Delivering digital workplace training to 6000 global employees
Lundbeck is a global pharmaceutical company with 2000 employees at head office in Denmark and thousands of employees around the world.
Frederik Zebitz, Collaboration Manager, leads a small team supporting the company’s strategic goal to create a ‘high performance workplace’ by delivering training that covers people’s everyday software and specific tasks.
In 2011, the then Danish Prime Minister proposed people to work an extra 12 minutes each day, to help recover from the recession. Frederik says it wasn’t a popular suggestion, but it did inspire Lundbeck to consider the productivity of their digital workplace.
IT charted how Lundbeck’s use of email grew by ten times, yet nobody could be said to be ten times more productive!
Why not save 15 minutes per day to free up time to focus on what really matters?
Lundbeck launched their ‘Get 15’ internal campaign to encourage ‘productivity hacking’ – the adoption of new ways of working focused on effectiveness and efficiency.
Lundbeck upgraded to SharePoint 2010 and later carefully went went from Windows XP + Office 2003 to Windows 7 + Office 2010.
Yet many people still lived in their inbox. New collaborative tools did not reduce reliance on Outlook. So Frederik embraced Outlook as an important part of the digital workplace, and designed and delivered a wide variety of objective-focused training, including ‘taming your inbox’.
But it’s not just about optimising Outlook use, it’s about adopting new habits regarding where you save and how you share working files – how you work with others.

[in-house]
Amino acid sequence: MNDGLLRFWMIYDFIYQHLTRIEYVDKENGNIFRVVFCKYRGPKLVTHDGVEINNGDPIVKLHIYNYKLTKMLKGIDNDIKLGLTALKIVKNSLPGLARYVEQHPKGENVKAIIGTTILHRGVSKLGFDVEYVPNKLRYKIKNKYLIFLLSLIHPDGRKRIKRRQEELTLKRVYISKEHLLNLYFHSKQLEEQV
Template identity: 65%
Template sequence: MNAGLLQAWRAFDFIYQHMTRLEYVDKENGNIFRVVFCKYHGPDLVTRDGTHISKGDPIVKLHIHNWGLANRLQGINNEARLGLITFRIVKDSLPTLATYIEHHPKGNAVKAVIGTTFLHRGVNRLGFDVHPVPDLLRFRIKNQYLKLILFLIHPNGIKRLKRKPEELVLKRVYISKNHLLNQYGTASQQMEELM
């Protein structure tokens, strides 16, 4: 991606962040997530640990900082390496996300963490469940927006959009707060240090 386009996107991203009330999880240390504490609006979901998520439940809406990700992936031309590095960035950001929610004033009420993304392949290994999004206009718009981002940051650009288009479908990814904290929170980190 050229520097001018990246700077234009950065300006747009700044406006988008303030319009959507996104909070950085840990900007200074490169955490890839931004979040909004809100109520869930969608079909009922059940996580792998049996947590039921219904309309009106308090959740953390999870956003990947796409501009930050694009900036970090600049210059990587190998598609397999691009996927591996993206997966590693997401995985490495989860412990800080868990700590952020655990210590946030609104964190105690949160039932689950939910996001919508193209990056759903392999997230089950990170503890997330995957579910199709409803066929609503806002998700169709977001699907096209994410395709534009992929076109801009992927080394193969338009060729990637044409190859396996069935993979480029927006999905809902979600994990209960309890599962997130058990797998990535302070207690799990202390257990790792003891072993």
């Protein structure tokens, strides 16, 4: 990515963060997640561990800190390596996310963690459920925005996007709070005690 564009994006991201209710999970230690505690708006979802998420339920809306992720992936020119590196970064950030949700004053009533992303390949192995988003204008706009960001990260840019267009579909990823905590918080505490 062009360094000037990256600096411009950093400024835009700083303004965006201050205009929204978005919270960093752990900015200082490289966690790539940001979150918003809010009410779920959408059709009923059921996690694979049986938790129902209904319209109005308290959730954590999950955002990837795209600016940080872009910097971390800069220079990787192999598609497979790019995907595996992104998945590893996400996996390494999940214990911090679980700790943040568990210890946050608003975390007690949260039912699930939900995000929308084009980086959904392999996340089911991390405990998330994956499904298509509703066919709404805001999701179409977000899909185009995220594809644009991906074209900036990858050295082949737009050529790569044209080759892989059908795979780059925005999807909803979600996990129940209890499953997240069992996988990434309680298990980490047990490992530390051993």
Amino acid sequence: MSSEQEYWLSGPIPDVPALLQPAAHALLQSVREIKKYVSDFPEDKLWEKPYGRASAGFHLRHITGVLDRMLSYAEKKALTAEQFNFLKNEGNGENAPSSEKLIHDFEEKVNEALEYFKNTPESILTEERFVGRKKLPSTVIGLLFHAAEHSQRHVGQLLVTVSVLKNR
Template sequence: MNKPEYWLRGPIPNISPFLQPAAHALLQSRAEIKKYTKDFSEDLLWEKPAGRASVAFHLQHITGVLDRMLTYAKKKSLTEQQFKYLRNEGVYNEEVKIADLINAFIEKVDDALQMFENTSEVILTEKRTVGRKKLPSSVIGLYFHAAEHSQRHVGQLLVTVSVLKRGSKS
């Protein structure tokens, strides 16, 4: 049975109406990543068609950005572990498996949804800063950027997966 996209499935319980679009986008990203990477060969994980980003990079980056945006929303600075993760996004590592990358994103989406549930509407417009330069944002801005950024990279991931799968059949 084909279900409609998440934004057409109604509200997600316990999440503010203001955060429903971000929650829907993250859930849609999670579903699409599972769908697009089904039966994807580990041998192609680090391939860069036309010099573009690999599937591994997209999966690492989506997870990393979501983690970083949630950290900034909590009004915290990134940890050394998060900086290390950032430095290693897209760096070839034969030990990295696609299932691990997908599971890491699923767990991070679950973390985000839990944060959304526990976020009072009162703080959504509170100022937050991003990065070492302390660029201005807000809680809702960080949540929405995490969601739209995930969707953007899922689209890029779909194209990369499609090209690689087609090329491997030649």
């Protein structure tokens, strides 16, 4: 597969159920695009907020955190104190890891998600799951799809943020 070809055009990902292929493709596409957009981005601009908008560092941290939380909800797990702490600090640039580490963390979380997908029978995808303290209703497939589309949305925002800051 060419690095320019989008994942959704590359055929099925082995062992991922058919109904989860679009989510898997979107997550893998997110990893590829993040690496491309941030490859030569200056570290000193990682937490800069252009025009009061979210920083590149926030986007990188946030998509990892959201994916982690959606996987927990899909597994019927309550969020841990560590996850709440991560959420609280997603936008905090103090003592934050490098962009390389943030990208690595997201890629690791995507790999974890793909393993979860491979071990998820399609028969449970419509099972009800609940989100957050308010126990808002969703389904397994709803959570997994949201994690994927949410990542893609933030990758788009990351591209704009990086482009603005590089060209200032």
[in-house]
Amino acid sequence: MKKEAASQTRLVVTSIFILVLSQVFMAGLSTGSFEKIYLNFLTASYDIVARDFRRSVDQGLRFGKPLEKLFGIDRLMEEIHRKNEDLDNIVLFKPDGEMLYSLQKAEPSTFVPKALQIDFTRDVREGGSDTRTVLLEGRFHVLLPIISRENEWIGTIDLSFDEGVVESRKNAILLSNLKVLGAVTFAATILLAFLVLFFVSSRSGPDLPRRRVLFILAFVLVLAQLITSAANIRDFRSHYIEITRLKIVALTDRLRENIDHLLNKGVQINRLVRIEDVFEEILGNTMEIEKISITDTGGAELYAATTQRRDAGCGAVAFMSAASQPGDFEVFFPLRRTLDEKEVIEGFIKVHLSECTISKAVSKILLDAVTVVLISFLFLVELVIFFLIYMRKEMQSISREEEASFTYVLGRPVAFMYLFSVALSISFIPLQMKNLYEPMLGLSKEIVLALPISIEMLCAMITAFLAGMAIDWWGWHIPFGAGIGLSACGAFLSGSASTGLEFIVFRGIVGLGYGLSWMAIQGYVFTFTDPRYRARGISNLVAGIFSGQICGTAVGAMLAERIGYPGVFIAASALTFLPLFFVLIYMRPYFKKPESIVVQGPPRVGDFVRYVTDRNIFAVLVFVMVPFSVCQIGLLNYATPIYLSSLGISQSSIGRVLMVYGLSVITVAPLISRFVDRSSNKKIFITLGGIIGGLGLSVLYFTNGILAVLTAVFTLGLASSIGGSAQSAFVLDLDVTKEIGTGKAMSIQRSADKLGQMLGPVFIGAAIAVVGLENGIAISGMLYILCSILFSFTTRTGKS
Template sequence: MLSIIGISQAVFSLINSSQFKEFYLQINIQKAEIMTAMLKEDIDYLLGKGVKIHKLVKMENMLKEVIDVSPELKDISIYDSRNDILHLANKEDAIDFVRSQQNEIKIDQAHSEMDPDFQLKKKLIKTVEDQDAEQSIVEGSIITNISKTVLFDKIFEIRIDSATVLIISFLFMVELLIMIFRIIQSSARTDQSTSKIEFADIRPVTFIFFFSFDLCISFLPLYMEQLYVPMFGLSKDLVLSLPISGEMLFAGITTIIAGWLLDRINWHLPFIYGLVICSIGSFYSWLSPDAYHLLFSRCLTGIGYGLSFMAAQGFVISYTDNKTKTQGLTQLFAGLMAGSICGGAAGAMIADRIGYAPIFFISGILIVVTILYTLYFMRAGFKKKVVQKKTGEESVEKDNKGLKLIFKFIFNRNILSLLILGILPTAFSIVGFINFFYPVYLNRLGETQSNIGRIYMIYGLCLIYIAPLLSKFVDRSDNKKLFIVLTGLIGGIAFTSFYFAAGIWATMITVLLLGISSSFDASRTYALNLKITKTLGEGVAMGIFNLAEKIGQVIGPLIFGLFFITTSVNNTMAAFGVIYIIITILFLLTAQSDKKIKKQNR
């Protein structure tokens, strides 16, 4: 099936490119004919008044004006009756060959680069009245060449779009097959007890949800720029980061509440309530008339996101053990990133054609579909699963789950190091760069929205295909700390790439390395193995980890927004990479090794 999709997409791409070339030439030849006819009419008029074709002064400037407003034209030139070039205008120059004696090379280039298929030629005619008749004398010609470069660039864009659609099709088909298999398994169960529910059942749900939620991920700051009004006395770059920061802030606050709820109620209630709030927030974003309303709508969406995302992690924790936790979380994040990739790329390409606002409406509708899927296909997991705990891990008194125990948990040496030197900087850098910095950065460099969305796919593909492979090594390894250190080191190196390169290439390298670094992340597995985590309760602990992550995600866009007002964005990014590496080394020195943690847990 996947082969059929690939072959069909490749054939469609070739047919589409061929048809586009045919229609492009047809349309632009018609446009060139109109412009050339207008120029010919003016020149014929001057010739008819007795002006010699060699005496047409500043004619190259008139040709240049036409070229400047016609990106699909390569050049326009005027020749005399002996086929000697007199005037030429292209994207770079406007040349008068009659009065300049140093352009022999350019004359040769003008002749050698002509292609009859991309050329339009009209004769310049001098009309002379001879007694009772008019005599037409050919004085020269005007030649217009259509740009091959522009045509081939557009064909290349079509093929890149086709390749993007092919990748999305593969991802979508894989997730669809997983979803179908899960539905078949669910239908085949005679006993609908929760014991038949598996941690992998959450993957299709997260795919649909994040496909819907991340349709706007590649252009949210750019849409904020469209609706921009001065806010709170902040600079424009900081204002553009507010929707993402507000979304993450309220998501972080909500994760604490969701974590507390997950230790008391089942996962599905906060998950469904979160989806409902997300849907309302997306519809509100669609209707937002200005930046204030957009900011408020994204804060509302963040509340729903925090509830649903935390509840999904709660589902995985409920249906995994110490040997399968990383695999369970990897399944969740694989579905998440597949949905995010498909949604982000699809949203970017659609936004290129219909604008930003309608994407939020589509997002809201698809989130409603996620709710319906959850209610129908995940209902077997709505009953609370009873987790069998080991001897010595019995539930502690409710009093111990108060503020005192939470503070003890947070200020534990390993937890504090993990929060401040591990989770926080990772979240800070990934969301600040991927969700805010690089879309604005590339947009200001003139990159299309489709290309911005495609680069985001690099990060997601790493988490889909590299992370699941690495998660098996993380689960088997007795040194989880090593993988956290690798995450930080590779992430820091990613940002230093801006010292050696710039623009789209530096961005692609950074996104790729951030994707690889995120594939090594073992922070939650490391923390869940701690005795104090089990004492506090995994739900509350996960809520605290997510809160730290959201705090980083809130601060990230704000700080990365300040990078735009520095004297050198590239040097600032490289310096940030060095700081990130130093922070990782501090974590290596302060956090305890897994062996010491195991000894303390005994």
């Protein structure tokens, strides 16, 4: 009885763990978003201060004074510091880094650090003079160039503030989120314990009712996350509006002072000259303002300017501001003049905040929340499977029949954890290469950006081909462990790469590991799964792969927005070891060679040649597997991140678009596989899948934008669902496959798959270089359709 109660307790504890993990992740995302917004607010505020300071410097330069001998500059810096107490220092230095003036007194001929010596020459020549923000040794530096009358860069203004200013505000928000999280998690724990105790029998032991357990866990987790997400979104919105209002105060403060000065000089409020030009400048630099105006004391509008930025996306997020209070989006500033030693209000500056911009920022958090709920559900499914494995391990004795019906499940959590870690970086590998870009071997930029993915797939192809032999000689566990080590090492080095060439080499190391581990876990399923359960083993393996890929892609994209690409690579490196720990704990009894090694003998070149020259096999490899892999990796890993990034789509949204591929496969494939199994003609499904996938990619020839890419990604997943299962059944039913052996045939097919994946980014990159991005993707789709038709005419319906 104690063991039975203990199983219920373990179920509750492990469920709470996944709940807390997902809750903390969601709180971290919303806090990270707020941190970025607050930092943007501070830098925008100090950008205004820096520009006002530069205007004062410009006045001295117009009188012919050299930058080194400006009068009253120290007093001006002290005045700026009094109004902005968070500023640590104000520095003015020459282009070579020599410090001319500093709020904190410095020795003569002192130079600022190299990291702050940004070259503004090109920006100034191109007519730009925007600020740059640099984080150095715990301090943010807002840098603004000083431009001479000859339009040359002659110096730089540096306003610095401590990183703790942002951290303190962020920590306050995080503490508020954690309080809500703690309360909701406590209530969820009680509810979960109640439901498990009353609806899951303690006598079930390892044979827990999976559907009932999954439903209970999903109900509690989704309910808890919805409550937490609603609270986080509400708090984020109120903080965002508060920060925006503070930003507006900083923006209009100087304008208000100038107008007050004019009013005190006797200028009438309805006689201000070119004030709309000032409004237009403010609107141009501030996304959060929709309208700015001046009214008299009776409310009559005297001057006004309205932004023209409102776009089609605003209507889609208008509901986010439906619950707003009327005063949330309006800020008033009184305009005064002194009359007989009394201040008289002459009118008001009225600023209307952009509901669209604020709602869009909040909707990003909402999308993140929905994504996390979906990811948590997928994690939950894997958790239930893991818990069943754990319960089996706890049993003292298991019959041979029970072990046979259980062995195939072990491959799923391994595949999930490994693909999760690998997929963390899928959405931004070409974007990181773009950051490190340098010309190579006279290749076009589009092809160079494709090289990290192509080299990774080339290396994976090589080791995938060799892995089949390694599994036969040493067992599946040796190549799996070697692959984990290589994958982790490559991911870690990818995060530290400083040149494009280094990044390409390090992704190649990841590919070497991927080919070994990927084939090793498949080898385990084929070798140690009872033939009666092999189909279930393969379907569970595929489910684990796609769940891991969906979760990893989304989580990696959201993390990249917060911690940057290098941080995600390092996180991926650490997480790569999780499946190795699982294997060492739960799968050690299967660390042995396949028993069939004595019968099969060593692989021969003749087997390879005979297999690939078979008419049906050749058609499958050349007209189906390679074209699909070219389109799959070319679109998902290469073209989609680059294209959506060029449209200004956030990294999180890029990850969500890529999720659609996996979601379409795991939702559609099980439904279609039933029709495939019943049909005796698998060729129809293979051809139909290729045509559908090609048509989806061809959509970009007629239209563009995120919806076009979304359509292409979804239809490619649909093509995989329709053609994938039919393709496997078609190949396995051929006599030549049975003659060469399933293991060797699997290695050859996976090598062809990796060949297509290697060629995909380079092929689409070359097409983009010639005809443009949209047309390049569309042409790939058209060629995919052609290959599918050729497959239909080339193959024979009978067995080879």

Frederik, as the Collaboration Manager, sits within IT, but all his training is focused on helping people achieve goals, rather than master the software.
Delivering multi-modal training
Frederik and team were aware of adoption lifecycles, and so targeted comms and training at stakeholders and key influencers, such as line managers, at different times during the SharePoint, Office, and Windows upgrades.
Everett Rogers – technology diffusion, used via Creative Commons.
Frederik offers several different opportunities to learn about, and be involved with, workplace changes.
- Town hall
- Bring your own lunch – 20 minute high-level sessions on specific topics – new stuff to try out at your desk
- Group presentations
- Hands on – custom, team, or department
- Web based – via Lync for individuals
- Train the trainer – customised for ambassadors across the globe
Channels / media:
- Intranet (called ‘BrainWeb’) via the ‘IT Campus’ and ‘Smarter working’ sites
- Videos (e.g. Lync)
- Direct marketing – email managers with time saving stats and asking for a meeting.
The idea is to offer multiple chances to hear about the changes, and to get involved and see what’s going on, or directly engage. Repetition of key messages across different channels is recommended.
The different modalities address people’s different learning styles, and circumstances. The ‘IT Campus’ (a SharePoint Site) supports different learning styles by offering ‘how to’ guidance articles, step-by-step presentations, and videos. All the real-life training materials that Frederik’s team offers is here for reference, including video recordings. The ‘IT Campus’ supports self-led learning but also encourages people to take action and book training.
Business processes are more important than technology – IT and the Collaboration team make use of tech to support processes; they don’t wholly focus on the tool, but rather the goal and outcome.